This next view is usually overlooked, but it’s very important.

This next view really baselines to the last time that you met with the executive team. So you met on February seventh. Today is May seventh. So in the last three months, what has happened?

We had nine highs. Now we have two. We had twelve accept unacceptable, now we have high. We’ve had a scope increase, an incident. We’re looking at m & a. We’ve had a pen test.

When you baseline back to a frame of reference that’s familiar with your audience, guess what you’re doing? You’re paying them respect, and you’re showing that you care. That’s how I’d want to be treated. And when you do that, you’re also demonstrating that you’re not just dropping some boiler plate presentation in front of them. You’re giving them a frame of reference.

This is rarely done, but really important and helps build a trusting relationship with you and the audience.

We will achieve our goal in two months, and we’re going to get to our goal two months ahead of schedule. And when you show the business what you’ve committed two months ago for risk reduction, and by the way, they approved that orange line.

How you’ve performed against those commitments, and what you’re committing to going forward, you achieve a level of respect that fosters partnership and trust.

And now we we jump into the actual detailed status.

So there’s a life cycle of risks, and it starts with audits and assessments. Now if we never did pen tests or scans or audits or assessments, our risk register would be pretty small.

It looked really good, but that’s not realistic. And that’s not the type of hygiene we need to practice in cybersecurity.

But we must do these things on a regular basis, and this is your view to report all the things that are regularly occurring and ask for support if any of them are under resourced or stalled.

The next stage in the life cycle is to understand, are we creating and approving remediation plans fast enough?

I have to say this view, is definitely the one that’s often overlooked.

But what this does is it forces you to look between the chasm of scans, tests, audits, and assessments, and what you’re implementing.

This is where many latent risks sit for months, if not years. So I’ll use an actual example.

It’s one of the most problematic areas that we’ve seen. If you just did a pen test and you’ve got ten risks, and those ten risks have eight risks that are high, You wanna do something about those. Where do they live? Do they live in a spreadsheet?

Are they still sitting in that PDF file from the pen test provider? And how long has that been there? And who knows about it? Those are the latent risks.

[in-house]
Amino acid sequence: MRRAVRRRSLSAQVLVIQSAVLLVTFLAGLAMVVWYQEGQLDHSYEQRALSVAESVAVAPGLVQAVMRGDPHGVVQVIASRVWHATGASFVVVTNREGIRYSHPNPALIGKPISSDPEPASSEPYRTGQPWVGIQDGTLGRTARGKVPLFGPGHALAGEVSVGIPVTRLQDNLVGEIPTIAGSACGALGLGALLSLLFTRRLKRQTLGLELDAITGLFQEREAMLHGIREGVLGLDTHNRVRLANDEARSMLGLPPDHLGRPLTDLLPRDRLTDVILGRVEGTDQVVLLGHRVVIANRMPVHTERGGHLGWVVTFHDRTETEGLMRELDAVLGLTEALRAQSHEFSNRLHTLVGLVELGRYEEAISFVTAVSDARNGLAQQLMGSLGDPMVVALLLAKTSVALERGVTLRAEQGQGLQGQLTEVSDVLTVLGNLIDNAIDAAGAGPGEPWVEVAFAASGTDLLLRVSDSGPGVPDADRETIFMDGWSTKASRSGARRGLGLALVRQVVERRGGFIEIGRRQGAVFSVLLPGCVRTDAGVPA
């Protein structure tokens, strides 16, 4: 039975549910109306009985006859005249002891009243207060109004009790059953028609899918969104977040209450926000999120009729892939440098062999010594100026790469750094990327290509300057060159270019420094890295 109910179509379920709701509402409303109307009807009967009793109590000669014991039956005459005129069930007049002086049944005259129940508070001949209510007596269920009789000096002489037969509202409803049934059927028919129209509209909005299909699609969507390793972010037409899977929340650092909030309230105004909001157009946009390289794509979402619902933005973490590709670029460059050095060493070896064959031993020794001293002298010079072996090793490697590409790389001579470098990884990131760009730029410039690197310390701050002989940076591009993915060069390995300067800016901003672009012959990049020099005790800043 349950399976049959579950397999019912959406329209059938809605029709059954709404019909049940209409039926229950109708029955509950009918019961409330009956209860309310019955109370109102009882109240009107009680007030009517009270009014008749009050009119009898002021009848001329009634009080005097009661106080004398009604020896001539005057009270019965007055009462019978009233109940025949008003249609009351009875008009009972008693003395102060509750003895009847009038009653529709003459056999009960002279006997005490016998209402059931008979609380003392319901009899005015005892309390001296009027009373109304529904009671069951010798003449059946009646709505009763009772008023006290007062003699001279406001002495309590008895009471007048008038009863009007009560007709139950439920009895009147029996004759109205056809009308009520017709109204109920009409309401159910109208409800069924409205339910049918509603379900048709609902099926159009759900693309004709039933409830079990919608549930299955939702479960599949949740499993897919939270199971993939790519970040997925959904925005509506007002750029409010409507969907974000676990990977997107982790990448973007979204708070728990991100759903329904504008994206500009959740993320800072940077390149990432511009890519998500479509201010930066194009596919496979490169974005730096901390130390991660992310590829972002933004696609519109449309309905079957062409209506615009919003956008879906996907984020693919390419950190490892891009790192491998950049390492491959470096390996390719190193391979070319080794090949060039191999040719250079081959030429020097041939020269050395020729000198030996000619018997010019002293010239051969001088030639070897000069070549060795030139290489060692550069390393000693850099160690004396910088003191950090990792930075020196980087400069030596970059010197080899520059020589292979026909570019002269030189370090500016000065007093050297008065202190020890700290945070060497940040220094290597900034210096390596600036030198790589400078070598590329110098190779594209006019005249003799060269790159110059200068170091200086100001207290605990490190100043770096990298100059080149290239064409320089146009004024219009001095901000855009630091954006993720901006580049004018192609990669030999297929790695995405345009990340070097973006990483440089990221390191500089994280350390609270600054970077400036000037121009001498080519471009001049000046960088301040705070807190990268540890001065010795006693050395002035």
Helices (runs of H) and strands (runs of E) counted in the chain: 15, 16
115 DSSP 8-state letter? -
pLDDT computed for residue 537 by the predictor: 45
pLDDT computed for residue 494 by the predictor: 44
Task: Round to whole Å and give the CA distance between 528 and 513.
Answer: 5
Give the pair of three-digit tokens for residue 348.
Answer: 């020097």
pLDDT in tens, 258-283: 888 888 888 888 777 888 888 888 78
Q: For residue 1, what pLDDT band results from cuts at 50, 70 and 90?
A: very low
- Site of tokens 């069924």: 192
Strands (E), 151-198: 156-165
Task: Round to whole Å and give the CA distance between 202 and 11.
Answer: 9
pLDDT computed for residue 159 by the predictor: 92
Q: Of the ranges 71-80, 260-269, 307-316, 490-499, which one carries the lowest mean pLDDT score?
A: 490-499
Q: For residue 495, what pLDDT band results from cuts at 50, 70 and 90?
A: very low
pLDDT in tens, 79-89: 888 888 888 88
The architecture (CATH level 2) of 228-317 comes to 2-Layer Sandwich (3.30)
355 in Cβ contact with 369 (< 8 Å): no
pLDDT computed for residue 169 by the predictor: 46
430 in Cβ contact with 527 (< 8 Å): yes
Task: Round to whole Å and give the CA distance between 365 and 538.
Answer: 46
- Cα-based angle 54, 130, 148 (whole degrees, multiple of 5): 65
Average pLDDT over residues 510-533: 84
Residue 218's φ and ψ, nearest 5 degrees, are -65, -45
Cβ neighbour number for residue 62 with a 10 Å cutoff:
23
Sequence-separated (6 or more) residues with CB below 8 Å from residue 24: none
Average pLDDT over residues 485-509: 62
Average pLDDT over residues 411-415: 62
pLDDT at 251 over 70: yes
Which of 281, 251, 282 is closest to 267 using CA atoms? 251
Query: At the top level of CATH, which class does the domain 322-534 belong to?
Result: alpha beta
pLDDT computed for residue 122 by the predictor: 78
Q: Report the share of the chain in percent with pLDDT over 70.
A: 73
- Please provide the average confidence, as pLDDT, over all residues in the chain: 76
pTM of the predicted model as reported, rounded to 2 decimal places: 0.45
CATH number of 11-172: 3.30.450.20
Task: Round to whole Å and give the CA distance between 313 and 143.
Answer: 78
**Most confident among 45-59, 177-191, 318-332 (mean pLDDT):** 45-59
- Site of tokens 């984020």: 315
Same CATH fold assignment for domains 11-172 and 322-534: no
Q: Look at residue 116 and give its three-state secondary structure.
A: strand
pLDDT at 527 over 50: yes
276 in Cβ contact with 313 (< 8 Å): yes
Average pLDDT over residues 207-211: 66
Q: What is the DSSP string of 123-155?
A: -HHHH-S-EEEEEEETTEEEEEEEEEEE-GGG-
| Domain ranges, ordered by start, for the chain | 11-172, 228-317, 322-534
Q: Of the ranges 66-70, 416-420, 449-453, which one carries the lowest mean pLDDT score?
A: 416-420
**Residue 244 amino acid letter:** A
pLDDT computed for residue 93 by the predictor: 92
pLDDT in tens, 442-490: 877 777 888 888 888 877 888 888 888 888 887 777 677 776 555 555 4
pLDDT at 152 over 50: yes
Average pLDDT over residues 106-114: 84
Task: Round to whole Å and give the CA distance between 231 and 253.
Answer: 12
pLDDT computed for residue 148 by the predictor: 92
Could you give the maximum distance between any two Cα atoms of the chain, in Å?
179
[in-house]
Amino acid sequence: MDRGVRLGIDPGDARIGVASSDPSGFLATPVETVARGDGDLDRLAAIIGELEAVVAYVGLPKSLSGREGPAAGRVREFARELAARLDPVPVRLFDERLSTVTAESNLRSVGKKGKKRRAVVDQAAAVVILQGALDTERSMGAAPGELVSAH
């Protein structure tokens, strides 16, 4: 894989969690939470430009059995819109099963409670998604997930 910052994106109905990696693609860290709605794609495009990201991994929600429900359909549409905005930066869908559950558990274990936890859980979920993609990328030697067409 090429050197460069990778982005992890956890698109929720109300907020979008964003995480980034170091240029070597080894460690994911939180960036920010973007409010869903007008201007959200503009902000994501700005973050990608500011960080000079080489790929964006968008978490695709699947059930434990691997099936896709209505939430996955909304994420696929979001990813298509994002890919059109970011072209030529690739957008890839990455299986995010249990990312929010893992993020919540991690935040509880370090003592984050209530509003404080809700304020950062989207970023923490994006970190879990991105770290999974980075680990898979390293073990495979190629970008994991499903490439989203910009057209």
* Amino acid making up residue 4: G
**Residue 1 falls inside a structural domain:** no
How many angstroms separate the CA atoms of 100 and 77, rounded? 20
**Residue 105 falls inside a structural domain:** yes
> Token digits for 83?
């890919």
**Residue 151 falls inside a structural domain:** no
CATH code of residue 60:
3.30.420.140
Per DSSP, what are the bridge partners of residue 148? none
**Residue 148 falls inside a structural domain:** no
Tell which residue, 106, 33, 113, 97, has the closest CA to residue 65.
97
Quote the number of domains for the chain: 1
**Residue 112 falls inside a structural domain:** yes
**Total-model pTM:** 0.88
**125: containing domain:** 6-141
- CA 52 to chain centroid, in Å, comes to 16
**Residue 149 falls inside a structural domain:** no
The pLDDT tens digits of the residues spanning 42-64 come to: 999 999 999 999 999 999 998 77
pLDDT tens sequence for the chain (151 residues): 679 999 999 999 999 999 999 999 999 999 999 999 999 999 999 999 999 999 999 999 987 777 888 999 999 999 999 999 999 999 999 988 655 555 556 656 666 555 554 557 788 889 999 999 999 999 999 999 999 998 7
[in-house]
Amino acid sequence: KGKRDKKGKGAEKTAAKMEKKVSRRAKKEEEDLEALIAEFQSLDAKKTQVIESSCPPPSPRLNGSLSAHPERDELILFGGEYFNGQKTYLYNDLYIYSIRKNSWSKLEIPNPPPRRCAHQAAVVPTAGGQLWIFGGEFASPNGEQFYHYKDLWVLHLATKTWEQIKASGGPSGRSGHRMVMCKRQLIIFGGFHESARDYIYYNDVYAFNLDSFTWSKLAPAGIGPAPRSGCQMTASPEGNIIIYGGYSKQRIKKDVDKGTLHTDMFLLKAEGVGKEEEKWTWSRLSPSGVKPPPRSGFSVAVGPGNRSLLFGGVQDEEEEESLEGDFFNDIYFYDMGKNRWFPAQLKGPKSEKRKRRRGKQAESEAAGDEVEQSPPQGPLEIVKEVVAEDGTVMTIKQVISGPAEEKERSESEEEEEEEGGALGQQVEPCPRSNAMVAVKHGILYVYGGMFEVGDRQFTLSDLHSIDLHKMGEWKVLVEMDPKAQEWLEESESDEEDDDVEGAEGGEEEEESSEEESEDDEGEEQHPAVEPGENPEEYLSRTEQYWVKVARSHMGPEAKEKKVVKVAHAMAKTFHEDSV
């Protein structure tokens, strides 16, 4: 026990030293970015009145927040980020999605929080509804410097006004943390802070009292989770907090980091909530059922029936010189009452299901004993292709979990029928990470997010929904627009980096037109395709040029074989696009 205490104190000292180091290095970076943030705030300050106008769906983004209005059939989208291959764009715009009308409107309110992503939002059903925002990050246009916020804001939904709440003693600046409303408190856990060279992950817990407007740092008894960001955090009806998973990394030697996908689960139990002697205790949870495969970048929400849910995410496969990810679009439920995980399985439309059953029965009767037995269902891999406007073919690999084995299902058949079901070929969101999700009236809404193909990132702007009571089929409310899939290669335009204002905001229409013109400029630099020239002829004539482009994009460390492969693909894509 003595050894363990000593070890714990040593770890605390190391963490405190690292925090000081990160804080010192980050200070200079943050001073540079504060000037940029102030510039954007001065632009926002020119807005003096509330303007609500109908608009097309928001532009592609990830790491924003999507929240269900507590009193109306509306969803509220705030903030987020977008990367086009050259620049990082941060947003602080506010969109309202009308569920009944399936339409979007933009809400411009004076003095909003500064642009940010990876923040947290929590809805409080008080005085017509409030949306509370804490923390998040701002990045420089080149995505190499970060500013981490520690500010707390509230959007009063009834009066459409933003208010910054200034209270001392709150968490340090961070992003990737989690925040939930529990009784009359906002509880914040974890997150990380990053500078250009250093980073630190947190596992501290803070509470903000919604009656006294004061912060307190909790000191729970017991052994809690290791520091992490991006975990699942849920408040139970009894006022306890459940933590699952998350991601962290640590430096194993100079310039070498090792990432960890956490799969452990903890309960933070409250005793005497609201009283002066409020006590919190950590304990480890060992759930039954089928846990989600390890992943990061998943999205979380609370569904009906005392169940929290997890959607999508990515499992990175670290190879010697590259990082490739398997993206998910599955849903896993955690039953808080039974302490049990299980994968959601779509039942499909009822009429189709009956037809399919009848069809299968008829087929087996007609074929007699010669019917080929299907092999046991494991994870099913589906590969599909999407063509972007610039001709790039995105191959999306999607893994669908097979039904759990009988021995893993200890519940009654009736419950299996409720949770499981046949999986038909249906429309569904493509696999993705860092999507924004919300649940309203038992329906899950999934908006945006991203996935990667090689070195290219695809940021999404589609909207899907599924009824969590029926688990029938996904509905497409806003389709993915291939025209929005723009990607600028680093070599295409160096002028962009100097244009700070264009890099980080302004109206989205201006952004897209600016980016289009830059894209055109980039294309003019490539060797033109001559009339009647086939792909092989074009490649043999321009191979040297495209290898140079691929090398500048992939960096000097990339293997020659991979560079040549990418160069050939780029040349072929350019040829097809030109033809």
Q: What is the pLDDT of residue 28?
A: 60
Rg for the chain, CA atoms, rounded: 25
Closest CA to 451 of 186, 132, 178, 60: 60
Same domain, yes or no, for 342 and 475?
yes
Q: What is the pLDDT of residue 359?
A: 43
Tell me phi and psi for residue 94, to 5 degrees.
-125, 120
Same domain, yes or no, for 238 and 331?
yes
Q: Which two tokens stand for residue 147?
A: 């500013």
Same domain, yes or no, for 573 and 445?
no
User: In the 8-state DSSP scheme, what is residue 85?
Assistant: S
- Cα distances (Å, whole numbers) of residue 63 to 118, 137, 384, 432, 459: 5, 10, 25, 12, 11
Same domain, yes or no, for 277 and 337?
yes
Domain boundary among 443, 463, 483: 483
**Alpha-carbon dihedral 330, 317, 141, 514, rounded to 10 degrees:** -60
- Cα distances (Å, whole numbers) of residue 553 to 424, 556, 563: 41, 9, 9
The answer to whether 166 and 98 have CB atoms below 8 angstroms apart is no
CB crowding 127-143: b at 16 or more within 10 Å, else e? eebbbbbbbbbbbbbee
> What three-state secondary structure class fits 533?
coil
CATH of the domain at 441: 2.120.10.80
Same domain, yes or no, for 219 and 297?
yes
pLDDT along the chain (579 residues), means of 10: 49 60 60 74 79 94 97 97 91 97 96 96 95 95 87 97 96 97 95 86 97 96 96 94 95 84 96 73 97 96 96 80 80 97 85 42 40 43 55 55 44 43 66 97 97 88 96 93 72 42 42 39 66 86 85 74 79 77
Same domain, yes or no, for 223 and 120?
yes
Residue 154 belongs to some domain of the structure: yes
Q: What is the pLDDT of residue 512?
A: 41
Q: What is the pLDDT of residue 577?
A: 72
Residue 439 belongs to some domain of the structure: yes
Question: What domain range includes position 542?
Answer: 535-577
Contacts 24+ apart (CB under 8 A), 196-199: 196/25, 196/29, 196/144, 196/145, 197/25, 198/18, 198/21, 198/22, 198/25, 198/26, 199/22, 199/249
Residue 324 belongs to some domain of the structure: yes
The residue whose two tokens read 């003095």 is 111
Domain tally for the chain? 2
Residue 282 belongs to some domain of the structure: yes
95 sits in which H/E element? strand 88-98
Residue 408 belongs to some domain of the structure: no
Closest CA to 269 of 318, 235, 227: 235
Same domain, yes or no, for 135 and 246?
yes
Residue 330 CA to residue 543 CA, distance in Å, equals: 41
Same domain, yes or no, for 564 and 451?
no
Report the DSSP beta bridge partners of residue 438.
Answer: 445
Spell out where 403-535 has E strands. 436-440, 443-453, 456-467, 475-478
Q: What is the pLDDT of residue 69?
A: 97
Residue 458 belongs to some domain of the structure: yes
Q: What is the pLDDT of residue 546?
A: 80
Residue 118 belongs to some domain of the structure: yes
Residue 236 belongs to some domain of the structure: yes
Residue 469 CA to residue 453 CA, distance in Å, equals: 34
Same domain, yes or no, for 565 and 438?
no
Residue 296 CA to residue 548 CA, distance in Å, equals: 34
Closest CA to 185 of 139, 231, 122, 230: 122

If you’re not tracking it in some way and reporting on it, you’ll find out about it if you if you have litigation, that’s for sure. But how are your executives seeing? Are you creating and approving remediation plans fast enough?

So in this example, this organization has chosen that any risk that is high, within forty five days, they want to remediation plan and start that for execution.

They want a remediation plan it and approve it. Well, guess what? Five of the five risks that they’ve identified in the last three months as high are ninety nine days over this SLA.

Now they know about it.

And why is that happening? What’s the reason for the delay? Our infrastructure team has been swamped and understaffed. They’re not able to meet.

I know this never never happens to any of you. Infrastructure is totally available for all of you, basically, like, on a whim. But in the event that this does happen, you can talk about it, and you you can have a productive action plan. We’re requesting assistance for a friendly escalation to either raise the priority or get them more resources.

Now you’re having a structured conversation, a productive conversation with your executive management team.

And the third piece in the life cycle is really a view that many of us are familiar with. This is, are we executing as planned and approved? And in the areas of schedule, scope, and resources, this view highlights that if we’re having trouble, we can involve executive management in a planned way.

So we’ve seen how it can work. Now let’s talk about how do we implement this.

The decision in the industry has already been made. NIST is requiring a governance program. PCI is requiring a governance program. SEC is requiring a governance program. If you don’t implement the program, you’re really kinda choosing to go in a different direction.

So here’s the choice you have. Why should you go to Governance 2.0? Well, there’s at least three very strong reasons. One, we’ve already covered. The industry’s requiring it, so there’s a compliance driver. Two, it’s better for your company. And it’s better for your company because you can prioritize better, and you can communicate with your executives better.